The cultural center of the Far East

Source: RIA Novosti/Ruslan Krivobok

The oldest Orthodox Church in Khabarovsk is a Church of St. Innocentius of Irkutsk, erected in 1870 in honor of the patron saint of Siberia and the Far East. The impressive Holy Transfiguration Cathedral (its height with golden domes is 95 meters), built from the donations of inhabitants of the region, is the third largest temple in Russia after Moscow's Christ the Savior Cathedral and St. Isaac's Cathedral in St. Petersburg.

Several major theaters operate in Khabarovsk, which is often called the cultural center of the Far East. These include the Khabarovsk Regional Musical Theater performing classic operetta and musical comedy, and the Regional Drama Theatre featuring international and domestic classics. There is also the Triad professional mime theater, which offers unusual performances in interesting interiors. 

Why you should climb the Khabarovsk cliff

Source: Lori/Legion-Media

Khabarovsk is hot and humid in the summer with temperatures reaching 30 C and cold and dry in the winter with the average temperature being -24 C. However, the temperatures often drop below -30, making Khabarovsk the coldest city with a population of 500,000 or more in the world. There are massive ice sculptures on Lenin Square from January until the spring thaw in April as part of the annual Amur Crystal and Ice Fantasy festivals. City Day, celebrated on the last Saturday of May, is a good reason to visit Khabarovsk at the beginning of summer.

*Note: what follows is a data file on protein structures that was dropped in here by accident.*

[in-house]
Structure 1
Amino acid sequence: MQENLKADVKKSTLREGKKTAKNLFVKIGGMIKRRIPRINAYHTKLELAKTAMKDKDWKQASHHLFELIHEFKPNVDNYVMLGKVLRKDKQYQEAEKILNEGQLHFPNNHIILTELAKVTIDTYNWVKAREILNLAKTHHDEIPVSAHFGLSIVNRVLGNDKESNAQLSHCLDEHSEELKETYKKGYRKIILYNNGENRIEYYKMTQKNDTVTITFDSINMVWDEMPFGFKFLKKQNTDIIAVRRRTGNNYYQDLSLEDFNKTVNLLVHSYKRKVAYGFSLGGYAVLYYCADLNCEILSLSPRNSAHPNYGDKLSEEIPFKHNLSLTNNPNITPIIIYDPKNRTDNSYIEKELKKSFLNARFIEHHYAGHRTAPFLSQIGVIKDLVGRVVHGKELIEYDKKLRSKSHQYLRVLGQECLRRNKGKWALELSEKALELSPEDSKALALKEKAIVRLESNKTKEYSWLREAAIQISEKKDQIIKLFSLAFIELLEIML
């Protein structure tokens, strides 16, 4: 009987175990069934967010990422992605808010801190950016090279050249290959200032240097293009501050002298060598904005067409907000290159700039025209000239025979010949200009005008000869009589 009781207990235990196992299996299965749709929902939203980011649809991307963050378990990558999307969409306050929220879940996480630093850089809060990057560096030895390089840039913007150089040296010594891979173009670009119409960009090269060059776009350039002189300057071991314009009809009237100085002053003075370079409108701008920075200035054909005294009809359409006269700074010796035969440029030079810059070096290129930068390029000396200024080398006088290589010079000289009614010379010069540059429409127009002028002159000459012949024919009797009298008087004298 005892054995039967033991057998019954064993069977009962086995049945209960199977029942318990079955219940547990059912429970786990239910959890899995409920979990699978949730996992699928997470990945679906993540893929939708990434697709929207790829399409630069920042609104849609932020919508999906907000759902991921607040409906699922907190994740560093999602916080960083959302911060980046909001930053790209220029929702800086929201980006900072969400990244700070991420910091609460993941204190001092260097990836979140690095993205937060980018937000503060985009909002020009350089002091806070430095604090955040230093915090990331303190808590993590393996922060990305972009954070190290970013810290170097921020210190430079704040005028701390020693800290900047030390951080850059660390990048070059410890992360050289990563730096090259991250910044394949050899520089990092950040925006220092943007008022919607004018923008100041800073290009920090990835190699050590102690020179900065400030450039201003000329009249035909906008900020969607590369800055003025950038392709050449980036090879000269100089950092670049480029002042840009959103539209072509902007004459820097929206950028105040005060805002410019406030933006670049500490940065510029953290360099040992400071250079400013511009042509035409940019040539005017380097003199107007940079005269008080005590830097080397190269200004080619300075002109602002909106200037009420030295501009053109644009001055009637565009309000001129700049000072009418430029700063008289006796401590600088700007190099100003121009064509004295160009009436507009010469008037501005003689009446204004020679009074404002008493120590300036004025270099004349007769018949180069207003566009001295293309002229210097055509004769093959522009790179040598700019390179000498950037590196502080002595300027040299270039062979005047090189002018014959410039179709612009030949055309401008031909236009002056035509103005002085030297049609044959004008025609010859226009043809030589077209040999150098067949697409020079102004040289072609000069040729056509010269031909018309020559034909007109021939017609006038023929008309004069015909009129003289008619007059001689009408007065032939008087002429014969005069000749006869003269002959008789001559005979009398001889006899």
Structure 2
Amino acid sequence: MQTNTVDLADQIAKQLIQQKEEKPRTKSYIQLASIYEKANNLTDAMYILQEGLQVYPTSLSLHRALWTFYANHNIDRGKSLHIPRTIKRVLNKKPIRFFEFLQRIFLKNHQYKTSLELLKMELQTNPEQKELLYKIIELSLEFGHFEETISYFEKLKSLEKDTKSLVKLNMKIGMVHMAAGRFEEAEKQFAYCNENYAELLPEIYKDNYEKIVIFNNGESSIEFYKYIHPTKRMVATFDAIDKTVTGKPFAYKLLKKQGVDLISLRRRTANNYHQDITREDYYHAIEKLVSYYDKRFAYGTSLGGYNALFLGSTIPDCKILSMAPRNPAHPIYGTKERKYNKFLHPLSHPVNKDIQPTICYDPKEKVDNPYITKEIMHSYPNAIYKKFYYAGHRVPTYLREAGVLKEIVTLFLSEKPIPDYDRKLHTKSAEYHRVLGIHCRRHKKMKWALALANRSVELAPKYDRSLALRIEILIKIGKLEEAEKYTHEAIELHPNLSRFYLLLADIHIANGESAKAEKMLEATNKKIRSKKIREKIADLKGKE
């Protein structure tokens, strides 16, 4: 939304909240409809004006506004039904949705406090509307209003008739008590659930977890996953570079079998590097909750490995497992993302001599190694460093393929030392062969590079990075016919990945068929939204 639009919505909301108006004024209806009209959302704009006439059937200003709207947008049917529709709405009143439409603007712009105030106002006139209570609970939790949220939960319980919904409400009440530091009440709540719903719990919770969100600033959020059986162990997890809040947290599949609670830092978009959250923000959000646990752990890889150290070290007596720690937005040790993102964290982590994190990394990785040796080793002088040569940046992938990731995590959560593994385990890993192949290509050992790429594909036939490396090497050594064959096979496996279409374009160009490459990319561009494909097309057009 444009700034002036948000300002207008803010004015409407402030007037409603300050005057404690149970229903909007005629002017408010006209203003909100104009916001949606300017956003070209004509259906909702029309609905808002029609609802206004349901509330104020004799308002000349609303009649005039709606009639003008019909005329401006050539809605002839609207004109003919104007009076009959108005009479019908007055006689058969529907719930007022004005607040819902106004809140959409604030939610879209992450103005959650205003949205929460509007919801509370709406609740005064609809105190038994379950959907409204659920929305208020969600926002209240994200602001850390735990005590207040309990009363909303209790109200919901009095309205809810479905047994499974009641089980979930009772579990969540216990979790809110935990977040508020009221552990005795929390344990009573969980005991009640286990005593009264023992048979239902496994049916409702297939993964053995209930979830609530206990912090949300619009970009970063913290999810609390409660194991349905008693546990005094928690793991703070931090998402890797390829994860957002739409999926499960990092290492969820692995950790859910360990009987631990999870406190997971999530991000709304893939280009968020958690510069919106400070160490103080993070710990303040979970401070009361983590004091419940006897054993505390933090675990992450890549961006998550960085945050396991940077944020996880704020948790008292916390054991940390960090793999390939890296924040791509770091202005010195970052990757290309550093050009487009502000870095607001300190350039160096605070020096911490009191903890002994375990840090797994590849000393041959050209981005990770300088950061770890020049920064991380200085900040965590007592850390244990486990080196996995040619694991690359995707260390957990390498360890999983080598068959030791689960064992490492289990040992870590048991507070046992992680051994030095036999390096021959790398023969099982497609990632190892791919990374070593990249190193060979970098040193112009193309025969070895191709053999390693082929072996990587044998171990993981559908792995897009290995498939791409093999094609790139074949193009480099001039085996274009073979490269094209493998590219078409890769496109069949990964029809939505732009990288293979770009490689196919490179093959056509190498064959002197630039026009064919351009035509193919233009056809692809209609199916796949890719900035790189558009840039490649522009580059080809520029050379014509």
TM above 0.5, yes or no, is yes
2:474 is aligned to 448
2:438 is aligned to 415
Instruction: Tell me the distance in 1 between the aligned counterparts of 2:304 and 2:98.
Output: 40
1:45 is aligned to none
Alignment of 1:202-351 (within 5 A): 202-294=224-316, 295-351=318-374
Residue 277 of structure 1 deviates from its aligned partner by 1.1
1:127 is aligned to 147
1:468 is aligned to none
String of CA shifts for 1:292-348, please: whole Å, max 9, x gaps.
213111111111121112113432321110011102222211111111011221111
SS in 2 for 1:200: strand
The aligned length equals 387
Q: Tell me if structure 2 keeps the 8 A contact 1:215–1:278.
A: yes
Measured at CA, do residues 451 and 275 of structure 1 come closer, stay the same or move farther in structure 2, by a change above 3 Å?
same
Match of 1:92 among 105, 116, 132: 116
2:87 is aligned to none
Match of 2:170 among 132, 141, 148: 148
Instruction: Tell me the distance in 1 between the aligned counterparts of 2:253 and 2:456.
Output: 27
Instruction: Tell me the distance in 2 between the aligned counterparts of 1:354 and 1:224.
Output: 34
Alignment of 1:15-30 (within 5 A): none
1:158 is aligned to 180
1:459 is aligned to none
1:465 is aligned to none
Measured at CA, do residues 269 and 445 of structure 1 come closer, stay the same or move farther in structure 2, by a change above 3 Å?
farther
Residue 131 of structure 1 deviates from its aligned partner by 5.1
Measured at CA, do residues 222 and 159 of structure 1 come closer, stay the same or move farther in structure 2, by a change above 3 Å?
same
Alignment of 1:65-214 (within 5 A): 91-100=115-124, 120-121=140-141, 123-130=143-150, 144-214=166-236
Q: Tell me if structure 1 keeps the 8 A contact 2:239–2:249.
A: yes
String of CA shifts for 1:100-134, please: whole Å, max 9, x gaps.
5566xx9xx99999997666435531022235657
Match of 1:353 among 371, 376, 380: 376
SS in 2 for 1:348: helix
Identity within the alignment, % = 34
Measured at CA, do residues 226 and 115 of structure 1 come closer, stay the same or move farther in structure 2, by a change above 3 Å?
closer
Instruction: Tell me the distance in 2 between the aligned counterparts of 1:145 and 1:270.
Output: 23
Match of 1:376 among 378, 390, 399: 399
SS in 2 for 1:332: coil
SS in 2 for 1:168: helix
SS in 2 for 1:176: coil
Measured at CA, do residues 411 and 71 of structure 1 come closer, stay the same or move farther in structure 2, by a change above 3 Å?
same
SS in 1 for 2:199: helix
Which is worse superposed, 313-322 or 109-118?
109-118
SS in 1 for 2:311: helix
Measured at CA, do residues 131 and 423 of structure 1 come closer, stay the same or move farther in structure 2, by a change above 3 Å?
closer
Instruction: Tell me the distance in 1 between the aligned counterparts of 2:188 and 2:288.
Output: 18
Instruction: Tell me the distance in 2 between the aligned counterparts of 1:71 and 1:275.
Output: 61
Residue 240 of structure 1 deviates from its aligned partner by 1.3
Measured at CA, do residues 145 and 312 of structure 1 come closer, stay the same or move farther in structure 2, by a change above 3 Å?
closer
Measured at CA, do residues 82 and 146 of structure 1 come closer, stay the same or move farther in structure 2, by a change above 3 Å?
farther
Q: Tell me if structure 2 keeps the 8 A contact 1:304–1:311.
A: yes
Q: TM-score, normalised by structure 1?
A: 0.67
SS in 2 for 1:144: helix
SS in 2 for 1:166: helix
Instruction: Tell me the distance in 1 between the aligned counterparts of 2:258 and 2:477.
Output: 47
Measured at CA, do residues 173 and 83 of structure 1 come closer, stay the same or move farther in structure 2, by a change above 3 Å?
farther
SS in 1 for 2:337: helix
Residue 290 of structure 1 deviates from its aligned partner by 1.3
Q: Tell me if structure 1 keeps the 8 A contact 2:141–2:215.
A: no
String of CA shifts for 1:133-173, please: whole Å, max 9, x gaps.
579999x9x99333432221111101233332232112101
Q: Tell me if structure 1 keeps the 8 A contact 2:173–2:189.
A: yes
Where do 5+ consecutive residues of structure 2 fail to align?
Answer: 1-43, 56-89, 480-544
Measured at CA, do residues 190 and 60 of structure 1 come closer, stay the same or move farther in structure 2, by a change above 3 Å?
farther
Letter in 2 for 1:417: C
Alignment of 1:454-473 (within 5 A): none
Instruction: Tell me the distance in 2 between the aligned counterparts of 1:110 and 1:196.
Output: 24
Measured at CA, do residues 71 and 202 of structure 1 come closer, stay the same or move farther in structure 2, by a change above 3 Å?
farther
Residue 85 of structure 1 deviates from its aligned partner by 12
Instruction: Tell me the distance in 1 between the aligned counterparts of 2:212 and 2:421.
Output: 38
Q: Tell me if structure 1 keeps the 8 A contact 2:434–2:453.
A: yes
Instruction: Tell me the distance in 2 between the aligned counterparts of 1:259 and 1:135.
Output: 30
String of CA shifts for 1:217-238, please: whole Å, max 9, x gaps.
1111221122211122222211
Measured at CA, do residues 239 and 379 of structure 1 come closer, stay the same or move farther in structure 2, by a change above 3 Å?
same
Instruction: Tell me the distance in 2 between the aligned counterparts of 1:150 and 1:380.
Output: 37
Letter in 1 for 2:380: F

No matter the season, if it is clear, then climb the Khabarovsk cliff (ul. Shevchenko 15), a true symbol of the city. A famous building was constructed here on a rocky promontory 70 years ago by an architect named Starikov. At first it was a station for military observation, later becoming a rescue station. After the building was transferred to Khabarovsk Central Park of Culture and Recreation, a viewing platform was added that now offers the best panoramic views of the Amur River. Take a selfie here with a view of the Amur River at the monument to Count Muravyov-Amursky.